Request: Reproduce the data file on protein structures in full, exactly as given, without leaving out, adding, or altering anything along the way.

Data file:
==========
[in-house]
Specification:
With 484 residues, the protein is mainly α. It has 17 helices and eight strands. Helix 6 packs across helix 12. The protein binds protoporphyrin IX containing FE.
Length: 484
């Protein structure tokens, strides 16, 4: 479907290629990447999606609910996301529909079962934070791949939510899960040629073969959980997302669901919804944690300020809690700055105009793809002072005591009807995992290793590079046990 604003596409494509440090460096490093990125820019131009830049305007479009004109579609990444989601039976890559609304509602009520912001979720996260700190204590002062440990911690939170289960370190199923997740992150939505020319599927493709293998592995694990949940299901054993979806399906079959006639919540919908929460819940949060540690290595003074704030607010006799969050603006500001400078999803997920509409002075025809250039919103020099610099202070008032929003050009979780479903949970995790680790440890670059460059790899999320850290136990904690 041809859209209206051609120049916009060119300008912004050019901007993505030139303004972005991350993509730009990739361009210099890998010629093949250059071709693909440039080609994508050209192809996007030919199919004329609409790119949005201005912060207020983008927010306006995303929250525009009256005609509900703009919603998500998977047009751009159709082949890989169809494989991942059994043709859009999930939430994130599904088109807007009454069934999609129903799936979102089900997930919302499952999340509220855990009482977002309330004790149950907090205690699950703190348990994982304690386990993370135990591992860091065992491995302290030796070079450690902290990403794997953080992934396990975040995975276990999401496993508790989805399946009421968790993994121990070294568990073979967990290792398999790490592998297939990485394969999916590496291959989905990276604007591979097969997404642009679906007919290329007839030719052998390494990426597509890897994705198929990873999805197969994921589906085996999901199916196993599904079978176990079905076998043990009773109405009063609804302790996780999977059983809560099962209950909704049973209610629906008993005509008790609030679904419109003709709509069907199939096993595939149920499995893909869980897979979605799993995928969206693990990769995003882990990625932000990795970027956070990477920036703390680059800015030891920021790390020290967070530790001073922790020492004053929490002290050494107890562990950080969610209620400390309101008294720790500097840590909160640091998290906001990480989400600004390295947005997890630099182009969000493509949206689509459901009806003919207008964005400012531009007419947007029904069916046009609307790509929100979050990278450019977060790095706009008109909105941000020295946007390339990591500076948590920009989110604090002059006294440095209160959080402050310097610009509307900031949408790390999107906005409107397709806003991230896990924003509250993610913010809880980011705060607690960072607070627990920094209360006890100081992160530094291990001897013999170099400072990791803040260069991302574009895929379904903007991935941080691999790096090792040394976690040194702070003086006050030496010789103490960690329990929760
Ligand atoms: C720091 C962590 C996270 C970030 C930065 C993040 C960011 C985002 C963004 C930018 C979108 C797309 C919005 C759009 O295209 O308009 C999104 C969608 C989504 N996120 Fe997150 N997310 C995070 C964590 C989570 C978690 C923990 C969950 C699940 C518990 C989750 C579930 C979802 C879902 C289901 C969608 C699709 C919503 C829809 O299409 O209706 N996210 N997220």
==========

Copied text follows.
[in-house]
Specification:
With 484 residues, the protein is mainly α. It has 17 helices and eight strands. Helix 6 packs across helix 12. The protein binds protoporphyrin IX containing FE.
Length: 484
């Protein structure tokens, strides 16, 4: 479907290629990447999606609910996301529909079962934070791949939510899960040629073969959980997302669901919804944690300020809690700055105009793809002072005591009807995992290793590079046990 604003596409494509440090460096490093990125820019131009830049305007479009004109579609990444989601039976890559609304509602009520912001979720996260700190204590002062440990911690939170289960370190199923997740992150939505020319599927493709293998592995694990949940299901054993979806399906079959006639919540919908929460819940949060540690290595003074704030607010006799969050603006500001400078999803997920509409002075025809250039919103020099610099202070008032929003050009979780479903949970995790680790440890670059460059790899999320850290136990904690 041809859209209206051609120049916009060119300008912004050019901007993505030139303004972005991350993509730009990739361009210099890998010629093949250059071709693909440039080609994508050209192809996007030919199919004329609409790119949005201005912060207020983008927010306006995303929250525009009256005609509900703009919603998500998977047009751009159709082949890989169809494989991942059994043709859009999930939430994130599904088109807007009454069934999609129903799936979102089900997930919302499952999340509220855990009482977002309330004790149950907090205690699950703190348990994982304690386990993370135990591992860091065992491995302290030796070079450690902290990403794997953080992934396990975040995975276990999401496993508790989805399946009421968790993994121990070294568990073979967990290792398999790490592998297939990485394969999916590496291959989905990276604007591979097969997404642009679906007919290329007839030719052998390494990426597509890897994705198929990873999805197969994921589906085996999901199916196993599904079978176990079905076998043990009773109405009063609804302790996780999977059983809560099962209950909704049973209610629906008993005509008790609030679904419109003709709509069907199939096993595939149920499995893909869980897979979605799993995928969206693990990769995003882990990625932000990795970027956070990477920036703390680059800015030891920021790390020290967070530790001073922790020492004053929490002290050494107890562990950080969610209620400390309101008294720790500097840590909160640091998290906001990480989400600004390295947005997890630099182009969000493509949206689509459901009806003919207008964005400012531009007419947007029904069916046009609307790509929100979050990278450019977060790095706009008109909105941000020295946007390339990591500076948590920009989110604090002059006294440095209160959080402050310097610009509307900031949408790390999107906005409107397709806003991230896990924003509250993610913010809880980011705060607690960072607070627990920094209360006890100081992160530094291990001897013999170099400072990791803040260069991302574009895929379904903007991935941080691999790096090792040394976690040194702070003086006050030496010789103490960690329990929760
Ligand atoms: C720091 C962590 C996270 C970030 C930065 C993040 C960011 C985002 C963004 C930018 C979108 C797309 C919005 C759009 O295209 O308009 C999104 C969608 C989504 N996120 Fe997150 N997310 C995070 C964590 C989570 C978690 C923990 C969950 C699940 C518990 C989750 C579930 C979802 C879902 C289901 C969608 C699709 C919503 C829809 O299409 O209706 N996210 N997220």